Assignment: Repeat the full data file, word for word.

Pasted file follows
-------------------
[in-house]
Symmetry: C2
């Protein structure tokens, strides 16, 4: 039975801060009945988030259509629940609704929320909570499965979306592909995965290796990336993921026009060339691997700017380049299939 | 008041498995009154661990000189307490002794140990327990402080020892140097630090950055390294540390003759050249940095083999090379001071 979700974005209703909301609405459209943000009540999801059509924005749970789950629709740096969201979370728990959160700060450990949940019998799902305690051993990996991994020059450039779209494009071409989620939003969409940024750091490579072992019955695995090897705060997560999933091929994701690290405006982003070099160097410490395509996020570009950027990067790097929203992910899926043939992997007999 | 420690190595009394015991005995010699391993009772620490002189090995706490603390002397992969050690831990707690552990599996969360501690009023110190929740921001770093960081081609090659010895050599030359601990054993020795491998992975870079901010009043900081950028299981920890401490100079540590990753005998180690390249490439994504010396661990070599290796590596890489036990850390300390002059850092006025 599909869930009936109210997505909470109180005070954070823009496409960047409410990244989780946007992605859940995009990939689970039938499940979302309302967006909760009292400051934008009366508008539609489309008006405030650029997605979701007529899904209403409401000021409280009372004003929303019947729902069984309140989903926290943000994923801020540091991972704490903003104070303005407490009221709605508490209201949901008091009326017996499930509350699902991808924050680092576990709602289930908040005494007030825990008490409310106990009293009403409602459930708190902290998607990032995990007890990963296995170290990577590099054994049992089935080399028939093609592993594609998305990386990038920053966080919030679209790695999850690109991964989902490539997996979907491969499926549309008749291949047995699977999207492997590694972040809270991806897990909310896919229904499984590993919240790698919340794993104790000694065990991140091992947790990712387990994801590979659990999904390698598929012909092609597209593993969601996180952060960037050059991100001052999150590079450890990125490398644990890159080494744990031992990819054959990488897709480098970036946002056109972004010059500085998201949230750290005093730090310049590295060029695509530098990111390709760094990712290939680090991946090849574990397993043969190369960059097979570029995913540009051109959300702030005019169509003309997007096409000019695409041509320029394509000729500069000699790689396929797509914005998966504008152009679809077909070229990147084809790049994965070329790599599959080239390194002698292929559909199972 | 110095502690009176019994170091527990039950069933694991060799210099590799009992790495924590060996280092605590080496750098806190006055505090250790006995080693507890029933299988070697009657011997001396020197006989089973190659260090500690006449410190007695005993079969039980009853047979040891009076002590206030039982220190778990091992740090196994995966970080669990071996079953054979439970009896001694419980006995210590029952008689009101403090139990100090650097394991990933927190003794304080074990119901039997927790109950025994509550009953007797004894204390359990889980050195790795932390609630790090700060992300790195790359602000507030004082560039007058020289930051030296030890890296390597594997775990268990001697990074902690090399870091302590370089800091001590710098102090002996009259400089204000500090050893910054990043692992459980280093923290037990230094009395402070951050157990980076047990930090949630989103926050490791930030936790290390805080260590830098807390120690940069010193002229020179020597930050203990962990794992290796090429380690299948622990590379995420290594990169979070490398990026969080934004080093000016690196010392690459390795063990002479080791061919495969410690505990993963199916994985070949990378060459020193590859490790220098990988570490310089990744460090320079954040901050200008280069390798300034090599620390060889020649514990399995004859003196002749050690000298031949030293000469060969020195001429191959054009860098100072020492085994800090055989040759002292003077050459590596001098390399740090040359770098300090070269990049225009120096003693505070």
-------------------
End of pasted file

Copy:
[in-house]
Symmetry: C2
């Protein structure tokens, strides 16, 4: 039975801060009945988030259509629940609704929320909570499965979306592909995965290796990336993921026009060339691997700017380049299939 | 008041498995009154661990000189307490002794140990327990402080020892140097630090950055390294540390003759050249940095083999090379001071 979700974005209703909301609405459209943000009540999801059509924005749970789950629709740096969201979370728990959160700060450990949940019998799902305690051993990996991994020059450039779209494009071409989620939003969409940024750091490579072992019955695995090897705060997560999933091929994701690290405006982003070099160097410490395509996020570009950027990067790097929203992910899926043939992997007999 | 420690190595009394015991005995010699391993009772620490002189090995706490603390002397992969050690831990707690552990599996969360501690009023110190929740921001770093960081081609090659010895050599030359601990054993020795491998992975870079901010009043900081950028299981920890401490100079540590990753005998180690390249490439994504010396661990070599290796590596890489036990850390300390002059850092006025 599909869930009936109210997505909470109180005070954070823009496409960047409410990244989780946007992605859940995009990939689970039938499940979302309302967006909760009292400051934008009366508008539609489309008006405030650029997605979701007529899904209403409401000021409280009372004003929303019947729902069984309140989903926290943000994923801020540091991972704490903003104070303005407490009221709605508490209201949901008091009326017996499930509350699902991808924050680092576990709602289930908040005494007030825990008490409310106990009293009403409602459930708190902290998607990032995990007890990963296995170290990577590099054994049992089935080399028939093609592993594609998305990386990038920053966080919030679209790695999850690109991964989902490539997996979907491969499926549309008749291949047995699977999207492997590694972040809270991806897990909310896919229904499984590993919240790698919340794993104790000694065990991140091992947790990712387990994801590979659990999904390698598929012909092609597209593993969601996180952060960037050059991100001052999150590079450890990125490398644990890159080494744990031992990819054959990488897709480098970036946002056109972004010059500085998201949230750290005093730090310049590295060029695509530098990111390709760094990712290939680090991946090849574990397993043969190369960059097979570029995913540009051109959300702030005019169509003309997007096409000019695409041509320029394509000729500069000699790689396929797509914005998966504008152009679809077909070229990147084809790049994965070329790599599959080239390194002698292929559909199972 | 110095502690009176019994170091527990039950069933694991060799210099590799009992790495924590060996280092605590080496750098806190006055505090250790006995080693507890029933299988070697009657011997001396020197006989089973190659260090500690006449410190007695005993079969039980009853047979040891009076002590206030039982220190778990091992740090196994995966970080669990071996079953054979439970009896001694419980006995210590029952008689009101403090139990100090650097394991990933927190003794304080074990119901039997927790109950025994509550009953007797004894204390359990889980050195790795932390609630790090700060992300790195790359602000507030004082560039007058020289930051030296030890890296390597594997775990268990001697990074902690090399870091302590370089800091001590710098102090002996009259400089204000500090050893910054990043692992459980280093923290037990230094009395402070951050157990980076047990930090949630989103926050490791930030936790290390805080260590830098807390120690940069010193002229020179020597930050203990962990794992290796090429380690299948622990590379995420290594990169979070490398990026969080934004080093000016690196010392690459390795063990002479080791061919495969410690505990993963199916994985070949990378060459020193590859490790220098990988570490310089990744460090320079954040901050200008280069390798300034090599620390060889020649514990399995004859003196002749050690000298031949030293000469060969020195001429191959054009860098100072020492085994800090055989040759002292003077050459590596001098390399740090040359770098300090070269990049225009120096003693505070």